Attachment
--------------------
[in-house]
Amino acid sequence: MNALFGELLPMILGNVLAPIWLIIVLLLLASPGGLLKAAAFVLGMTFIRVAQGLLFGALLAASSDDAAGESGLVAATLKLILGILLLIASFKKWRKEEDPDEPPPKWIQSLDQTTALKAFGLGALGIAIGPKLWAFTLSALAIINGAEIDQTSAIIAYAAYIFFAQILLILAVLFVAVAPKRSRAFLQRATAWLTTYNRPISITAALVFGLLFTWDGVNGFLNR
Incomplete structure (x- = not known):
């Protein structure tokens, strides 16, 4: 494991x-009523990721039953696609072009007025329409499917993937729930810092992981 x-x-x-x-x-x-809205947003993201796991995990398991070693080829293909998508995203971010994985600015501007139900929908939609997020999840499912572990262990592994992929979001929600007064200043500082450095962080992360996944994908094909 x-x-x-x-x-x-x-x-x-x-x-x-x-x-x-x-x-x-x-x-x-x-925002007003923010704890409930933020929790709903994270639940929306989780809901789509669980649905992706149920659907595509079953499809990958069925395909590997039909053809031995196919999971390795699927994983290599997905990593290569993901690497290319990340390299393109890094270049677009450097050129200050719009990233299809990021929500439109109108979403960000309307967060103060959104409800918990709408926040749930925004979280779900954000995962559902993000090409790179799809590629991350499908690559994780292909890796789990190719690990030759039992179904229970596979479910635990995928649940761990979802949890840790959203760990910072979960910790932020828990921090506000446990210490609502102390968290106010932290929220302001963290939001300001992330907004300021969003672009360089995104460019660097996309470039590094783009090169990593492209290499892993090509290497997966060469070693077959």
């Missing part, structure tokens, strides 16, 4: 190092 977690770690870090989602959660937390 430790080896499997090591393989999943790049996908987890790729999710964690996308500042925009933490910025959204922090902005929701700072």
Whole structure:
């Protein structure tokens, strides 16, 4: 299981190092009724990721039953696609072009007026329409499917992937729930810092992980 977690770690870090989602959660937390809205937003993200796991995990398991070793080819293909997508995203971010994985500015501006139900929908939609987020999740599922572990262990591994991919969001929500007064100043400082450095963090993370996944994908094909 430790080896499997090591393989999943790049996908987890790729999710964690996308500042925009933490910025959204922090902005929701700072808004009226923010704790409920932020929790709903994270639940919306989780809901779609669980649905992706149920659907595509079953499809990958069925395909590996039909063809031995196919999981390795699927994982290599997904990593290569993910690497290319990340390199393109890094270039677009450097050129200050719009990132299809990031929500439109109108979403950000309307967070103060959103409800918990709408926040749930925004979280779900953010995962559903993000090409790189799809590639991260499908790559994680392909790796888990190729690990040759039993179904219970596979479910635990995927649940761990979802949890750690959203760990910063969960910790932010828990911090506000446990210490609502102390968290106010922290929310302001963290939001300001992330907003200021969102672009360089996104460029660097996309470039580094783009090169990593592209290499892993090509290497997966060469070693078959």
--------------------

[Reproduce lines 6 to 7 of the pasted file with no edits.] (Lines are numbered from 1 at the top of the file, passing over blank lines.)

Whole structure:
């Protein structure tokens, strides 16, 4: 299981190092009724990721039953696609072009007026329409499917992937729930810092992980 977690770690870090989602959660937390809205937003993200796991995990398991070793080819293909997508995203971010994985500015501006139900929908939609987020999740599922572990262990591994991919969001929500007064100043400082450095963090993370996944994908094909 430790080896499997090591393989999943790049996908987890790729999710964690996308500042925009933490910025959204922090902005929701700072808004009226923010704790409920932020929790709903994270639940919306989780809901779609669980649905992706149920659907595509079953499809990958069925395909590996039909063809031995196919999981390795699927994982290599997904990593290569993910690497290319990340390199393109890094270039677009450097050129200050719009990132299809990031929500439109109108979403950000309307967070103060959103409800918990709408926040749930925004979280779900953010995962559903993000090409790189799809590639991260499908790559994680392909790796888990190729690990040759039993179904219970596979479910635990995927649940761990979802949890750690959203760990910063969960910790932010828990911090506000446990210490609502102390968290106010922290929310302001963290939001300001992330907003200021969102672009360089996104460029660097996309470039580094783009090169990593592209290499892993090509290497997966060469070693078959």